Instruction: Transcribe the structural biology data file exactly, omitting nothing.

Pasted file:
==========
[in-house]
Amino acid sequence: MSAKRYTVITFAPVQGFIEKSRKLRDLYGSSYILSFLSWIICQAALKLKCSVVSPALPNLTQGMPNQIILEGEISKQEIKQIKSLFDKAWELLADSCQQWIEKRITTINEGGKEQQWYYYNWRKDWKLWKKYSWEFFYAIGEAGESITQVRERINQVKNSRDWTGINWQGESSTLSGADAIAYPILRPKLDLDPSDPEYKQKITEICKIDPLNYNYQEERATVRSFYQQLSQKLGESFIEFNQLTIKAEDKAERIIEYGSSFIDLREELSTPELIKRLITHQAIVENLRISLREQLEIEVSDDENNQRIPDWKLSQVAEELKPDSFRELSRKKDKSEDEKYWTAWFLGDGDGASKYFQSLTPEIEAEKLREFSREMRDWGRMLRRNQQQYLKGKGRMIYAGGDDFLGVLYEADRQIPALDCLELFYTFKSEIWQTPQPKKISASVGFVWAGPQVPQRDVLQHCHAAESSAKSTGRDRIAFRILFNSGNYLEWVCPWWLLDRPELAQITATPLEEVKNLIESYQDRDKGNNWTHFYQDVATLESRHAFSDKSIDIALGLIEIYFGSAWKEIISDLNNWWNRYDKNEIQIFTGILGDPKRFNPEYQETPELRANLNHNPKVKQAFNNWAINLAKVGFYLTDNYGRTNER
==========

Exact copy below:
[in-house]
Amino acid sequence: MSAKRYTVITFAPVQGFIEKSRKLRDLYGSSYILSFLSWIICQAALKLKCSVVSPALPNLTQGMPNQIILEGEISKQEIKQIKSLFDKAWELLADSCQQWIEKRITTINEGGKEQQWYYYNWRKDWKLWKKYSWEFFYAIGEAGESITQVRERINQVKNSRDWTGINWQGESSTLSGADAIAYPILRPKLDLDPSDPEYKQKITEICKIDPLNYNYQEERATVRSFYQQLSQKLGESFIEFNQLTIKAEDKAERIIEYGSSFIDLREELSTPELIKRLITHQAIVENLRISLREQLEIEVSDDENNQRIPDWKLSQVAEELKPDSFRELSRKKDKSEDEKYWTAWFLGDGDGASKYFQSLTPEIEAEKLREFSREMRDWGRMLRRNQQQYLKGKGRMIYAGGDDFLGVLYEADRQIPALDCLELFYTFKSEIWQTPQPKKISASVGFVWAGPQVPQRDVLQHCHAAESSAKSTGRDRIAFRILFNSGNYLEWVCPWWLLDRPELAQITATPLEEVKNLIESYQDRDKGNNWTHFYQDVATLESRHAFSDKSIDIALGLIEIYFGSAWKEIISDLNNWWNRYDKNEIQIFTGILGDPKRFNPEYQETPELRANLNHNPKVKQAFNNWAINLAKVGFYLTDNYGRTNER